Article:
Reporting stop details

Achieved:

Vermont statute 2351 states, on or before September 1, 2014, every State, county, and municipal law enforcement agency shall collect roadside stop data consisting of the following: a) the age, gender, and race of the driver; b) the reason for the stop; c) the type of search conducted, if any; d) the evidence located, if any; and e) the outcome of the stop. S.124 ties a police department's ability to receive officer training with that departments' collection of the above roadside stop data. This bill was signed into law in October 2020.

Accountability

Learn about accountability and the specific issues below on the Accountability page (opens in a new window).

 

Reckless civil rights violation

No Progress:

Vermont has not yet enacted a law lowering the prosecution requirement from ‘willful’ to ‘reckless’ deprivation of another’s rights.

Independent investigation

Achieved:

The State Police Advisory Commission (SPAC) investigates allegations of misconduct by Vermont law enforcement. “SPAC is made up of independent Vermont citizens who have no direct connection to the Vermont State Police. The State Police Advisory Commission provides advice and counsel to the Commissioner of Public Safety in carrying out his or her responsibilities for the management, supervision and control of the Vermont State Police. The Commission also advises the Commissioner regarding rules concerning promotions, grievances, transfers, internal investigations and discipline”

Qualified immunity

No Progress:

Vermont has not yet enacted a law ending qualified immunity.

Reinvesting in Communities

Learn about reinvesting in communities and the specific issues below on the Reinvesting in Communities page (opens in a new window).

 

Mental health response

Some Progress:

In June 2020, the Vermont Senate passed a budget amendment that requires the state to create plans to partner with mental health professionals and place one in every police barrack. This mandates that a study be done by the Department of Public Safety to report on how this mental health effort would be funded.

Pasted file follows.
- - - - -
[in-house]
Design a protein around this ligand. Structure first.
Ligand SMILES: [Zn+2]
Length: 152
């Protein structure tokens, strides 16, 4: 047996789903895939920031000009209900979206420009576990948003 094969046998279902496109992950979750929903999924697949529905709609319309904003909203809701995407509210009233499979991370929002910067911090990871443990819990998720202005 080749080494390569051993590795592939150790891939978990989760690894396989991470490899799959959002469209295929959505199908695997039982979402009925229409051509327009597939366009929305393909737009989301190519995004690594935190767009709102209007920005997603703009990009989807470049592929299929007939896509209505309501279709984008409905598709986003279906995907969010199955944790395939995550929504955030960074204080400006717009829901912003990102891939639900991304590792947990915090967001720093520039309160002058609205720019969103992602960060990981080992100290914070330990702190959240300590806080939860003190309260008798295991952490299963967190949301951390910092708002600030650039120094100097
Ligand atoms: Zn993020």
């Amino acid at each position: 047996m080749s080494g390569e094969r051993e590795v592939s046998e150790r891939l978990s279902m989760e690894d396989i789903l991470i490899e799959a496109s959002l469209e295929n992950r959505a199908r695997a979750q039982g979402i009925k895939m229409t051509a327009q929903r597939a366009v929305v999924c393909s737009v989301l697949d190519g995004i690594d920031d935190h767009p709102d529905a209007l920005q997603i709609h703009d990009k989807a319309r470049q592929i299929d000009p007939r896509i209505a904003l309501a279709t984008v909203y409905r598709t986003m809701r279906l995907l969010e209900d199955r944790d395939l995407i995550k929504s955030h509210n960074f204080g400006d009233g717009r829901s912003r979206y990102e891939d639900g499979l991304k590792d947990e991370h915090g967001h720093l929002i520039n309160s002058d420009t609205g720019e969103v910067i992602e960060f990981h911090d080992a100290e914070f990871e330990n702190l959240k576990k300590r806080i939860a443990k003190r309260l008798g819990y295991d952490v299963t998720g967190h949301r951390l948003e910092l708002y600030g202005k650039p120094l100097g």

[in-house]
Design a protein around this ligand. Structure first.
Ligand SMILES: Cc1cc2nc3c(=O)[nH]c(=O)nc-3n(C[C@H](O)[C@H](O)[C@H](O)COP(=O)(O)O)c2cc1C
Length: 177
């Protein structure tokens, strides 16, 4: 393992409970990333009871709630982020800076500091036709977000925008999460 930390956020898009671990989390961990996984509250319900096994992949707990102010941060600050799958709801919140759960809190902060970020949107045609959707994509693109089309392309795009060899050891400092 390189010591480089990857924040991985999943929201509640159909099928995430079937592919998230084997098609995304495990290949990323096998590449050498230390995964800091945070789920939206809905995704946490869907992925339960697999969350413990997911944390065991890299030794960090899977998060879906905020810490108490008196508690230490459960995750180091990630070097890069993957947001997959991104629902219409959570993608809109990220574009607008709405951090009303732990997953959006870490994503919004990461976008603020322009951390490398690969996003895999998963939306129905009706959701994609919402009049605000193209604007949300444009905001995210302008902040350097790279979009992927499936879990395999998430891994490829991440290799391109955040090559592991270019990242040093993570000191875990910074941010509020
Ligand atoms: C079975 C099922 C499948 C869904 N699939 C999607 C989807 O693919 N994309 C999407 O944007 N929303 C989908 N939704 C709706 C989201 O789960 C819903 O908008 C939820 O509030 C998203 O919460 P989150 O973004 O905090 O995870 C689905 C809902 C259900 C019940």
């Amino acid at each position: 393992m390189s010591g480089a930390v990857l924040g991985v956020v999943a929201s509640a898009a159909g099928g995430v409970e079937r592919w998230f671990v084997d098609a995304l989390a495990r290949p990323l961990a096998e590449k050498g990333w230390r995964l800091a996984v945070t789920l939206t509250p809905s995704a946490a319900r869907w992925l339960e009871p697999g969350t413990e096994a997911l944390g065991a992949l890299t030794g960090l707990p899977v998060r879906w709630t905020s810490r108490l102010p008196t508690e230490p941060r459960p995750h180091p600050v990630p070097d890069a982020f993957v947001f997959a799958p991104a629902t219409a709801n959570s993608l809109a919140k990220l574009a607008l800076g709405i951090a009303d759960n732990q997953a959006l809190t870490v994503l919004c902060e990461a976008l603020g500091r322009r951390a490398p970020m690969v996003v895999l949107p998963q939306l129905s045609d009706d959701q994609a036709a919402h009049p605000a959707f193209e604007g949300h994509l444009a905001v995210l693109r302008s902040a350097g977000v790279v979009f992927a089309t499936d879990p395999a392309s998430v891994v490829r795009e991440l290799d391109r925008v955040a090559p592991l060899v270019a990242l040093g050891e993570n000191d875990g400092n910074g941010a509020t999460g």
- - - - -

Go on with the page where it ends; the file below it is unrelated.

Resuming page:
Pending Legislation: HB 45, introduced in January 2021, would establish a grant program to "fund the provision of services by mental health providers in collaboration with municipal police departments."

Education, Housing, Community Health Resources

No Progress:

It is important to note that policing does not address the roots of social disadvantage and barriers to (economic) opportunity that often lead to crime. Nor should police be burdened with that responsibility.
Without access to quality resources in healthcare, education, and housing, our cities, neighborhoods, and families will continue to suffer. We should instead reassess the budgets of the state government and reinvest in the services that matter most.

Next Steps

No matter what, register to vote:

Contacting officials is just one piece of the puzzle we can't stop there. We need to make sure our elected officials reflect our values and support reform at every level of government. Register here:

To keep these policies at the forefront:

Keep emailing about them (if you just finished the 5 Days Challenge, keep up the schedule—set reminders in your phone to email about each issue on its specific day).

To ask for more than this:

Use our templates as a model to ask for bigger changes. Color for Change and The Movement for Black Lives both have specific policy related to a reimagined law enforcement system. If you think there are additional policies we ought to consider, send your thoughts our way.